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No matter how skillful you’re in accomplishing tasks in various fields, but if you’re better at borrowing money, you’ll spend your entire life as a slave of credit card companies, banks and money lenders. Living a debt-free life is every human’s dream, especially if you owe a lot. But attaining that goal is not as easy as borrowing money. It requires a lot of planning and ample self-discipline. Here are a few tips and techniques that you can embrace to get rid of your debts by the end of 2023.
Tips to become debt-free by the end of 2023
Earn more to become debt-free.
A lower income level can be the primary reason for your higher level of debt. Hence, try to increase your income. You can increase your monthly cash inflow by changing the job, negotiating for a raise with your current employer, taking up a part-time job or monetizing your passion. And use this extra income to pay off your debt. If you work hard for a few months, you can see a significant reduction in your debt balance.
Besides, use all your financial windfalls for debt reduction. It aids you in coming out of debt much faster.
Change your spending habits
Do you have the habit of making impulsive purchases? Do you feel tempted seeing the ‘SALE’ board in shops or ‘EOSS’ on apparel retailer sites? Do you spend without a plan? Do you order most of your meals?
If your answer to these questions is yes, then it’s time to change your habits, as these are the ways through which your money leaks. Let’s check how you can curb your bad spending habits.
- Make a budget before the start of each month and spend according to it. It helps you to keep track of your expenses and stop overspending. If you spend without a budget, your saving account will dry up before the end of the month and then you’ll be forced to use your credit card to make payments in the remaining days of the month.
- Remember to make a list of items your need to purchase before stepping out for shopping and stick to it. Thus, you can stop yourself from buying unneeded items.
- Plan all your big-ticket purchases. First, save for them and then buy them; in this way, you can reduce the use of credit cards.
- Reduce dining out or ordering food. During weekends, plan your meals for the next week. It’s not only good for your pocket but also for your health.
- Stop impulsive buying. Data shows that an average American spent $314 per month in 2022 on impulsive purchases. Usually, grabbing things spontaneously increases your debt as they are out-of-budget purchases. Hence, before making their payments, ask yourself, what is the prime motive for buying these items?
Reduce your credit card dependency
You should understand that your credit card is not a tool to satisfy your wants. No doubt it’s a powerful financial tool, but you should use it wisely. On the other hand, if you use your credit card for all your purchases, you’ll spend more than what you earn and will soon be under a huge debt burden. Further, overuse of the credit card will leave a stain on your credit score as well. Try to keep the utilization rate of your credit card below 30%. And develop the habit of paying through your debit card or cash to purchase everyday items and groceries.
Pay your credit card balance on time
If possible, pay your credit card balance in full every month before the due date. This way, you can avoid adding more to your debt and paying interest. If you can’t pay the entire balance in a particular month, at least pay more than double the minimum amount.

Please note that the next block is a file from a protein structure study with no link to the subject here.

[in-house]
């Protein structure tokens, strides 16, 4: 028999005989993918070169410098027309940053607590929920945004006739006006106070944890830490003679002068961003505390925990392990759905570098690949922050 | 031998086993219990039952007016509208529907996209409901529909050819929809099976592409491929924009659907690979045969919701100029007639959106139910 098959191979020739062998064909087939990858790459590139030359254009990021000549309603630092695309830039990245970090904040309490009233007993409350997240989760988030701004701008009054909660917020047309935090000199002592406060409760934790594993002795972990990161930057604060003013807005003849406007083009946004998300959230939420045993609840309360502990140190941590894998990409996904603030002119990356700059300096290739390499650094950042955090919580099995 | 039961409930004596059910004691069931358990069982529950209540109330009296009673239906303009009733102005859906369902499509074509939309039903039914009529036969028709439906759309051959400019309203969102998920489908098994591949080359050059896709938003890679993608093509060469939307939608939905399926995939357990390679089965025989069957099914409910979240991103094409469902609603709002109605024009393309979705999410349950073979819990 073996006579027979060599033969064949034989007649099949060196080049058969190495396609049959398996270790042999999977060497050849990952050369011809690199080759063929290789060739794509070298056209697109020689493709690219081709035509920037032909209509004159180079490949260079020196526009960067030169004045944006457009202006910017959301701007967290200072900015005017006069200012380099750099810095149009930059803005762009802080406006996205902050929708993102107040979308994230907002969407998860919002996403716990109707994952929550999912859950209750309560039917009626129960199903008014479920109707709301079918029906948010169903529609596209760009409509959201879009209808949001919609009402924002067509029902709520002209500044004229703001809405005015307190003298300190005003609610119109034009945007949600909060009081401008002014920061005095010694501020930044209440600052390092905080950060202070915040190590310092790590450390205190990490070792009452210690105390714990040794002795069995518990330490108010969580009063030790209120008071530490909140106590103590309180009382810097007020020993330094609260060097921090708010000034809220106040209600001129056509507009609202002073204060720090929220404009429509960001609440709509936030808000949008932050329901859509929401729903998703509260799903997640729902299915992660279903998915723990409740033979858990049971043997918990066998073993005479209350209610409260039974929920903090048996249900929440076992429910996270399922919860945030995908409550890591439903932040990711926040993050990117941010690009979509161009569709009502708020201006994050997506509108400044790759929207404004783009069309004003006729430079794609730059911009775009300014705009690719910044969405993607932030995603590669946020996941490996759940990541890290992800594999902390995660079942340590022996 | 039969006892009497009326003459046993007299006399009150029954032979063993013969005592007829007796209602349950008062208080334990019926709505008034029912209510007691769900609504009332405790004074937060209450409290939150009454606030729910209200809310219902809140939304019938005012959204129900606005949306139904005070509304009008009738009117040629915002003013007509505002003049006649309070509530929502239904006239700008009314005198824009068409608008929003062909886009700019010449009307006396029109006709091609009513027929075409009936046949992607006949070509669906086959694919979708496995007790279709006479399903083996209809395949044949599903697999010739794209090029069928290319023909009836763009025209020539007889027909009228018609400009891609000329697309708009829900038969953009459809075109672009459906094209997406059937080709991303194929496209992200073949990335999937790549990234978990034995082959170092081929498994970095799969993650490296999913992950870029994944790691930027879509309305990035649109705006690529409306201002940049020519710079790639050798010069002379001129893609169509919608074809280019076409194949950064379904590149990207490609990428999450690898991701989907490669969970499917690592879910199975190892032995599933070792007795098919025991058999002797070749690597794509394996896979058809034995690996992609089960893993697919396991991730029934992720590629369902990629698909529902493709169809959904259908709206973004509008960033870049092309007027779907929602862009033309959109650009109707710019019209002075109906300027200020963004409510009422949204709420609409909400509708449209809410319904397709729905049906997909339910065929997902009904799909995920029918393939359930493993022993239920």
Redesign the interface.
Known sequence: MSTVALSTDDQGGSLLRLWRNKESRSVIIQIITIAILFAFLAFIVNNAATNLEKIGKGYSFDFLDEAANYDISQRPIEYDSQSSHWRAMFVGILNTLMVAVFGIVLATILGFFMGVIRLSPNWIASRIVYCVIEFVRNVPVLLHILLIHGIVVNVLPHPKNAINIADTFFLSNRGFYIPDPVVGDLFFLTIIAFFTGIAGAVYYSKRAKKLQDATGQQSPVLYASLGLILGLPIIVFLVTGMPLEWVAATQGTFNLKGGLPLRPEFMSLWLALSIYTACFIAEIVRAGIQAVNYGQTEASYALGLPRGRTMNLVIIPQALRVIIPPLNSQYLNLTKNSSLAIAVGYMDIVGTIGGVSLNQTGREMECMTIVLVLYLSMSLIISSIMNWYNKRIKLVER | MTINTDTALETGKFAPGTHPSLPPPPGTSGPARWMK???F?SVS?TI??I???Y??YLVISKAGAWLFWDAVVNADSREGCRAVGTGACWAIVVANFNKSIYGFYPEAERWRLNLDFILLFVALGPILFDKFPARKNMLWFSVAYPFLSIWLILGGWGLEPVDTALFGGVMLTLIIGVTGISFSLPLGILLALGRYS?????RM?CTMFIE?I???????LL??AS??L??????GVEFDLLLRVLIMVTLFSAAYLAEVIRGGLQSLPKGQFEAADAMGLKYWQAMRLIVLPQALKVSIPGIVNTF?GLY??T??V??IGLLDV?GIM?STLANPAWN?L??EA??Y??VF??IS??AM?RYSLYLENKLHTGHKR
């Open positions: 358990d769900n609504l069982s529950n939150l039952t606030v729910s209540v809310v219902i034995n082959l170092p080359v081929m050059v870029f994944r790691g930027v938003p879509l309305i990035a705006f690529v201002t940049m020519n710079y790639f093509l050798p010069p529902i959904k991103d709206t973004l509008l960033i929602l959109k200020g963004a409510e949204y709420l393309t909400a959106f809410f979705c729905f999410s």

If you have a good track record of paying the balance, you can negotiate for a low-interest rate with your credit card issuers. A lower interest rate enables you to repay your debt faster. Remember use credit cards to become debt-free, not to pay interest to bank.
Consolidate your debt
Many of you may carry more than one debt simultaneously. And handling multiple debts at a time is like managing a mess. Hence consolidating all or a few of them is a good idea. One payment will not only make your debt manageable, but also, you’ll be able to keep tabs on what you have paid and what you still owe. Remember becoming debt-free is a stepwise and planned process.
Many personal loan lenders offer debt at lower rates than credit card interest rates. Therefore, paying off your outstanding credit card balance with a low-interest personal loan makes sense.
You can also try a credit card balance transfer to lower your interest burden. But before opting for a credit card balance transfer, read its conditions to understand all charges associated with it.
Create an emergency fund
If you have not yet created an emergency fund, set up one soon. Keep aside 5% of your income every month for this. Your emergency fund should include at least your six months’ basic expenses.
With an emergency fund in place, you won’t need to take loans to meet unexpected financial requirements, such as unplanned repair work at your home.
Try the fireball method to pay off your debt
The fireball method is a hybrid of debt snowball and debt avalanche and helps to repay high-interest-carrying debt faster.
- As per the fireball method, you should categorize all your debt as ‘good’ or ‘bad’. Secured debt and low-interest rate debt fall under the ‘good’ category, while the remaining slide under the ‘bad’ category.
- Now, based on the outstanding balance, list ‘bad’ debt from smallest to largest.
- Pay the minimum amount in all ‘bad’ debt and channel the excess fund to the smallest ‘bad’ debt.
- After you pay off its balance in full, you can move to the next smallest ‘bad’ debt.
- While paying off your ‘bad’ debt, you should also repay the ‘good’ debt as per its regular schedule.
While you are in the process of paying off your outstanding debt, try not to add any new obligations to it. It can make your journey more challenging. Also, remember to celebrate each pay-off milestone. It’ll help you to stay focused and motivated.